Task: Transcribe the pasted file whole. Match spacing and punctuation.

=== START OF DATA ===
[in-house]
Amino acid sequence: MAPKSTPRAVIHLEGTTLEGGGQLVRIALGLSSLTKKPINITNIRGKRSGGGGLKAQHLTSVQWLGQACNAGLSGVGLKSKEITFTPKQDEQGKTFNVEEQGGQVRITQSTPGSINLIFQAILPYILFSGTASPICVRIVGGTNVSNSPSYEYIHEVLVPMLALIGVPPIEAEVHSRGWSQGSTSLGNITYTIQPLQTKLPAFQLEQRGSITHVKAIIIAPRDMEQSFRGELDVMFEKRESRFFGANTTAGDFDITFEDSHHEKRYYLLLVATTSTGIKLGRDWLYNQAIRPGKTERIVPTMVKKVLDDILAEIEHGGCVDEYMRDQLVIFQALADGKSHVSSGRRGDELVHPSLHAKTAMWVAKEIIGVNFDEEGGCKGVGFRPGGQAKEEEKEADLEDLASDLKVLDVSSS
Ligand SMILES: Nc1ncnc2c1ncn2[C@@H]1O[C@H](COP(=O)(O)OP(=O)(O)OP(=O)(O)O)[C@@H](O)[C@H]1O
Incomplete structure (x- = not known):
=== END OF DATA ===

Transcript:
[in-house]
Amino acid sequence: MAPKSTPRAVIHLEGTTLEGGGQLVRIALGLSSLTKKPINITNIRGKRSGGGGLKAQHLTSVQWLGQACNAGLSGVGLKSKEITFTPKQDEQGKTFNVEEQGGQVRITQSTPGSINLIFQAILPYILFSGTASPICVRIVGGTNVSNSPSYEYIHEVLVPMLALIGVPPIEAEVHSRGWSQGSTSLGNITYTIQPLQTKLPAFQLEQRGSITHVKAIIIAPRDMEQSFRGELDVMFEKRESRFFGANTTAGDFDITFEDSHHEKRYYLLLVATTSTGIKLGRDWLYNQAIRPGKTERIVPTMVKKVLDDILAEIEHGGCVDEYMRDQLVIFQALADGKSHVSSGRRGDELVHPSLHAKTAMWVAKEIIGVNFDEEGGCKGVGFRPGGQAKEEEKEADLEDLASDLKVLDVSSS
Ligand SMILES: Nc1ncnc2c1ncn2[C@@H]1O[C@H](COP(=O)(O)OP(=O)(O)OP(=O)(O)O)[C@@H](O)[C@H]1O
Incomplete structure (x- = not known):